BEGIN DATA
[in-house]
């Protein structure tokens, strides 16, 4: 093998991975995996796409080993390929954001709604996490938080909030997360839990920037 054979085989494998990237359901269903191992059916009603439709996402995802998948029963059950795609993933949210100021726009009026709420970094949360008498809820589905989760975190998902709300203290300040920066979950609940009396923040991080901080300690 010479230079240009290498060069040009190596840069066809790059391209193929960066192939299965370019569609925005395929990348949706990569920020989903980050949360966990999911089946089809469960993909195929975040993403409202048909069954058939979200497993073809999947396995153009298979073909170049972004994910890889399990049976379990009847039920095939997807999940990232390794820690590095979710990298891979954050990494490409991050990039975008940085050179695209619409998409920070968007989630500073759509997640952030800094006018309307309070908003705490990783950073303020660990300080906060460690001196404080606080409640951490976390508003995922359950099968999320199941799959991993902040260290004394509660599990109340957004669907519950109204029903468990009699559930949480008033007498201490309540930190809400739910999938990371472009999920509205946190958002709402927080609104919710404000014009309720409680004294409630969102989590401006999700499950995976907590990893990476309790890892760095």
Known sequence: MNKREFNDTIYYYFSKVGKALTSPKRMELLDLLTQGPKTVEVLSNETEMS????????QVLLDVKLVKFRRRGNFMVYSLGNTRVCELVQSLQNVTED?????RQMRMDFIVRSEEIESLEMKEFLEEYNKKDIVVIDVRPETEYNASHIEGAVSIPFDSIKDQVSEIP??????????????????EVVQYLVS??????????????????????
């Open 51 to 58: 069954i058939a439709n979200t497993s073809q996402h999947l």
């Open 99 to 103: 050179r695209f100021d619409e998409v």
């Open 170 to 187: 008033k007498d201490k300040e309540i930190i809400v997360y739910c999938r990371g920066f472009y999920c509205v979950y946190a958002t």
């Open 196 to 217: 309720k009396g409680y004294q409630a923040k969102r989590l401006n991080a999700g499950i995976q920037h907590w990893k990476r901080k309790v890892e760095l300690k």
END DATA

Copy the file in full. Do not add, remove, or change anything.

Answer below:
[in-house]
């Protein structure tokens, strides 16, 4: 093998991975995996796409080993390929954001709604996490938080909030997360839990920037 054979085989494998990237359901269903191992059916009603439709996402995802998948029963059950795609993933949210100021726009009026709420970094949360008498809820589905989760975190998902709300203290300040920066979950609940009396923040991080901080300690 010479230079240009290498060069040009190596840069066809790059391209193929960066192939299965370019569609925005395929990348949706990569920020989903980050949360966990999911089946089809469960993909195929975040993403409202048909069954058939979200497993073809999947396995153009298979073909170049972004994910890889399990049976379990009847039920095939997807999940990232390794820690590095979710990298891979954050990494490409991050990039975008940085050179695209619409998409920070968007989630500073759509997640952030800094006018309307309070908003705490990783950073303020660990300080906060460690001196404080606080409640951490976390508003995922359950099968999320199941799959991993902040260290004394509660599990109340957004669907519950109204029903468990009699559930949480008033007498201490309540930190809400739910999938990371472009999920509205946190958002709402927080609104919710404000014009309720409680004294409630969102989590401006999700499950995976907590990893990476309790890892760095």
Known sequence: MNKREFNDTIYYYFSKVGKALTSPKRMELLDLLTQGPKTVEVLSNETEMS????????QVLLDVKLVKFRRRGNFMVYSLGNTRVCELVQSLQNVTED?????RQMRMDFIVRSEEIESLEMKEFLEEYNKKDIVVIDVRPETEYNASHIEGAVSIPFDSIKDQVSEIP??????????????????EVVQYLVS??????????????????????
């Open 51 to 58: 069954i058939a439709n979200t497993s073809q996402h999947l």
């Open 99 to 103: 050179r695209f100021d619409e998409v």
């Open 170 to 187: 008033k007498d201490k300040e309540i930190i809400v997360y739910c999938r990371g920066f472009y999920c509205v979950y946190a958002t």
């Open 196 to 217: 309720k009396g409680y004294q409630a923040k969102r989590l401006n991080a999700g499950i995976q920037h907590w990893k990476r901080k309790v890892e760095l300690k």